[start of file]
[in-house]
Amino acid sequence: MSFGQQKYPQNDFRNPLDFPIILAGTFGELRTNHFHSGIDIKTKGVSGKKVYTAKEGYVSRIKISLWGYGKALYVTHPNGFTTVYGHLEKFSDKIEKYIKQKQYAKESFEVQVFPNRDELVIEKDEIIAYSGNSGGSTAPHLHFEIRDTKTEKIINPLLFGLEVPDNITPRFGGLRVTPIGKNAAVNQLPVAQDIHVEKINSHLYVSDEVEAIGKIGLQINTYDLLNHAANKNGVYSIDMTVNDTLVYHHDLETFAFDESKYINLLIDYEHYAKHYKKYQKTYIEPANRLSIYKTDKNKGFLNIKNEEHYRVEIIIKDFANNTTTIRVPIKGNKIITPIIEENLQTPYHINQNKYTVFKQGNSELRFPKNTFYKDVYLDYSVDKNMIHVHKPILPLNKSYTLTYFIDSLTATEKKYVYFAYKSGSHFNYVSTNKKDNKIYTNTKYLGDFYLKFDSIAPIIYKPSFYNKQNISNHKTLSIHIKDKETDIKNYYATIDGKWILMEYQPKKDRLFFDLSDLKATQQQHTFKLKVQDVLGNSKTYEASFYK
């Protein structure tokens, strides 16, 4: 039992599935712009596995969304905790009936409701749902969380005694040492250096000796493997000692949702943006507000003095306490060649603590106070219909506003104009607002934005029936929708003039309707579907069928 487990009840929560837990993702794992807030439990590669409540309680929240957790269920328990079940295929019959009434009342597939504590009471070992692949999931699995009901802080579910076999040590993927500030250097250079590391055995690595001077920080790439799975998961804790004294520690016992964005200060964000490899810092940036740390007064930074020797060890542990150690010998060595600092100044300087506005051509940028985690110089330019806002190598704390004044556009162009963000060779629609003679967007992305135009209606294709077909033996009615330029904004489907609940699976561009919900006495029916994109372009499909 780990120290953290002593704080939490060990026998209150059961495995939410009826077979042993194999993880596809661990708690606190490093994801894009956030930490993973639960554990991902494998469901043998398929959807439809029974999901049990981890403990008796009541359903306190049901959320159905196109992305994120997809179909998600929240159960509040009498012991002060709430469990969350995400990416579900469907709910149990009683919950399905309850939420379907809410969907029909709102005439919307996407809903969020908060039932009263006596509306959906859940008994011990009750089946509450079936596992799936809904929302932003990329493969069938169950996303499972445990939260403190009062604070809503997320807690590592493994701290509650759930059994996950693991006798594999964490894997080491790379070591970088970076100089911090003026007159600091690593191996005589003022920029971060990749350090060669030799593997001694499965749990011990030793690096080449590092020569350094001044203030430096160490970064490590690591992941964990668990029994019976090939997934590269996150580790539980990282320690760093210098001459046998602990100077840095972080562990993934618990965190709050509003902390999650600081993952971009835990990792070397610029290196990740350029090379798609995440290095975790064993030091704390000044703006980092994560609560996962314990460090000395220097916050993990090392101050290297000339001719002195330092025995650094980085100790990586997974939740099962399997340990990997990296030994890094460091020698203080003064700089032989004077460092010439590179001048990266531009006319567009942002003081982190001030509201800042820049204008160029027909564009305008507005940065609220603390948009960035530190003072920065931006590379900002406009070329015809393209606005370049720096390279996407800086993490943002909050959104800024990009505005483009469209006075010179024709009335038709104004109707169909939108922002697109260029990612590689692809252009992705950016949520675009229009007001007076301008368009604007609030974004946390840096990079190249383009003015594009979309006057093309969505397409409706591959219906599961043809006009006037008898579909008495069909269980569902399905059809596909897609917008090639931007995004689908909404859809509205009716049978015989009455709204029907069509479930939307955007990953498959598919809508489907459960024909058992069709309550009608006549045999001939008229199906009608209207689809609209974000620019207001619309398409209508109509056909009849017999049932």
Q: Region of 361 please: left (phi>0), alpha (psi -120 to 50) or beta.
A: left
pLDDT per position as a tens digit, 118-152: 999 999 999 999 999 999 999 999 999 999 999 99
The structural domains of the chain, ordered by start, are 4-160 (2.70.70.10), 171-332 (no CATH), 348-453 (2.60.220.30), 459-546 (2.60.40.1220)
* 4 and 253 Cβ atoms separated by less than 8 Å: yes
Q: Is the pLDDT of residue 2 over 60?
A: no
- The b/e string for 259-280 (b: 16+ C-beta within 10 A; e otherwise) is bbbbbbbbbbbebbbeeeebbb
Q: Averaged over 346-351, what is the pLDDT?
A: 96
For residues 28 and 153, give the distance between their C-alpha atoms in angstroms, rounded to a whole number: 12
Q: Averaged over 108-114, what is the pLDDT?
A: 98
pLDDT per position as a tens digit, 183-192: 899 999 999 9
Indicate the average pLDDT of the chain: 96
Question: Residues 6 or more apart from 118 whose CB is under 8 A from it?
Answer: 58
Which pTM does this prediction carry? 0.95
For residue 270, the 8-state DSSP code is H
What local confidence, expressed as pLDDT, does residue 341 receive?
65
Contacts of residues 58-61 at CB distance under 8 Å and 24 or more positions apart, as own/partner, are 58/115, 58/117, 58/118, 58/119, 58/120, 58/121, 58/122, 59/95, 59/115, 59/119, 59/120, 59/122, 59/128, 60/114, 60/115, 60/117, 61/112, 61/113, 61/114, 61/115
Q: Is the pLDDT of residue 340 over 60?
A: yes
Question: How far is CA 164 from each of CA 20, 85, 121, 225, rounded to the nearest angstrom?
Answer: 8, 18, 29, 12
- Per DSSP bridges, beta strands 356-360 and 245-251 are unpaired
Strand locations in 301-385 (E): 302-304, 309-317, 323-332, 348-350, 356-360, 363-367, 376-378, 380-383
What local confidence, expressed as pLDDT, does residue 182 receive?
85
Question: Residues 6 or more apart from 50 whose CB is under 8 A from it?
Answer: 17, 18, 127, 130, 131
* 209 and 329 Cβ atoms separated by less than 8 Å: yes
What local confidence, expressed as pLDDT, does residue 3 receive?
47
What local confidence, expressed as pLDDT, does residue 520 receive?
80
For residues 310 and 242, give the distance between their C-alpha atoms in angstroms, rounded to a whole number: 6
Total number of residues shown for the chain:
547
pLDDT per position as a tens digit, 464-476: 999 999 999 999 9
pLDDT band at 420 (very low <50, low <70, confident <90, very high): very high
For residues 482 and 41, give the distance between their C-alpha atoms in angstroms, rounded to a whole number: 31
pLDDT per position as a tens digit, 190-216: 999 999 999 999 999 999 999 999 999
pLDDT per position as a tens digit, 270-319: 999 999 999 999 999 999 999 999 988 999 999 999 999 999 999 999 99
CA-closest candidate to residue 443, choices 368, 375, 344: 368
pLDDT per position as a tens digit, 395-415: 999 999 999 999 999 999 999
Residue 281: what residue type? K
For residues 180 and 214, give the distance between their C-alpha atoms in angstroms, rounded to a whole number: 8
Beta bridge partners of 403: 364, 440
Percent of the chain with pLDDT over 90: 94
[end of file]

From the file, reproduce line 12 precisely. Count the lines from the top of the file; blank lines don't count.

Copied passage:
Q: Averaged over 346-351, what is the pLDDT?